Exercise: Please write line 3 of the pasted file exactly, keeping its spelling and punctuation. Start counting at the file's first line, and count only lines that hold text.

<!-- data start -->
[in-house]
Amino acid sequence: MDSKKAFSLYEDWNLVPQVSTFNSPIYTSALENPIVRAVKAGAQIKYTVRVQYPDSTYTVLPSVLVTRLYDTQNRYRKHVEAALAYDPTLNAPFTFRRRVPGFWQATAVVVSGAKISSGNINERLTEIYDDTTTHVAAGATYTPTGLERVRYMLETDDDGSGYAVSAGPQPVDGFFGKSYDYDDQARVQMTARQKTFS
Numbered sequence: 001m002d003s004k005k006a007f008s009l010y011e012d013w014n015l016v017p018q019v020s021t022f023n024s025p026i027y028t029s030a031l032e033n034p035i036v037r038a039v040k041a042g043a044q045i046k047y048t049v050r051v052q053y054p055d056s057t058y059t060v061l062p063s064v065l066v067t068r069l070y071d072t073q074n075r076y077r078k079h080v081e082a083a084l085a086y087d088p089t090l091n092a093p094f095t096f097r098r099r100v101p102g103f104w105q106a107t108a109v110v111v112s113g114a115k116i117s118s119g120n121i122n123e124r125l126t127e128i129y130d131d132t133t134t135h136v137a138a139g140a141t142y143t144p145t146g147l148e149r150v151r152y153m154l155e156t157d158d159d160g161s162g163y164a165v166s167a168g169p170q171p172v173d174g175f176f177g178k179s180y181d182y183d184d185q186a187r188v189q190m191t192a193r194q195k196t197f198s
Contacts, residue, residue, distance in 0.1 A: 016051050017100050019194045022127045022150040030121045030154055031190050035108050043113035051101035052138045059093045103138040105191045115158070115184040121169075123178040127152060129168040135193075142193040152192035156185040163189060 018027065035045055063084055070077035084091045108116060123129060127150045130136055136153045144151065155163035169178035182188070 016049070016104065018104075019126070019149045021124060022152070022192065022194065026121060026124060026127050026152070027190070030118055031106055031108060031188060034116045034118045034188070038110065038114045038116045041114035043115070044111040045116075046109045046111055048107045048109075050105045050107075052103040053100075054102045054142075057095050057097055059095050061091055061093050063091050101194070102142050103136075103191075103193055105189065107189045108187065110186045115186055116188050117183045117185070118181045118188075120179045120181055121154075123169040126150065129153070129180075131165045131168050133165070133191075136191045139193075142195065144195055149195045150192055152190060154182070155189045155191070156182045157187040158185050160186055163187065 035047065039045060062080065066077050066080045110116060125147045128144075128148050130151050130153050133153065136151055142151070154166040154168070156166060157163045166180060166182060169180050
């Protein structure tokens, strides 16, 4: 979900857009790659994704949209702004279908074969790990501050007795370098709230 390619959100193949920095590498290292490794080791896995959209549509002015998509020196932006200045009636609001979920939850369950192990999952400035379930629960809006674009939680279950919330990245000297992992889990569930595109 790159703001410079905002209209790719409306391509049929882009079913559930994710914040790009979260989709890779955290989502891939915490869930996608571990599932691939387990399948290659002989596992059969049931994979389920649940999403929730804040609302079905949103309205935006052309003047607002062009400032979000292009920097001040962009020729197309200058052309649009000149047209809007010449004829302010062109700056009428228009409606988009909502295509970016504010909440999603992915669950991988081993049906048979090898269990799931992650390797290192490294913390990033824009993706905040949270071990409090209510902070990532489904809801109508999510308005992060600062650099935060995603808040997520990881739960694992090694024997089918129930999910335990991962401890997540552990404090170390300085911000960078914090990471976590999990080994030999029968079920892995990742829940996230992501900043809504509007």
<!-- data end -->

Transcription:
Numbered sequence: 001m002d003s004k005k006a007f008s009l010y011e012d013w014n015l016v017p018q019v020s021t022f023n024s025p026i027y028t029s030a031l032e033n034p035i036v037r038a039v040k041a042g043a044q045i046k047y048t049v050r051v052q053y054p055d056s057t058y059t060v061l062p063s064v065l066v067t068r069l070y071d072t073q074n075r076y077r078k079h080v081e082a083a084l085a086y087d088p089t090l091n092a093p094f095t096f097r098r099r100v101p102g103f104w105q106a107t108a109v110v111v112s113g114a115k116i117s118s119g120n121i122n123e124r125l126t127e128i129y130d131d132t133t134t135h136v137a138a139g140a141t142y143t144p145t146g147l148e149r150v151r152y153m154l155e156t157d158d159d160g161s162g163y164a165v166s167a168g169p170q171p172v173d174g175f176f177g178k179s180y181d182y183d184d185q186a187r188v189q190m191t192a193r194q195k196t197f198s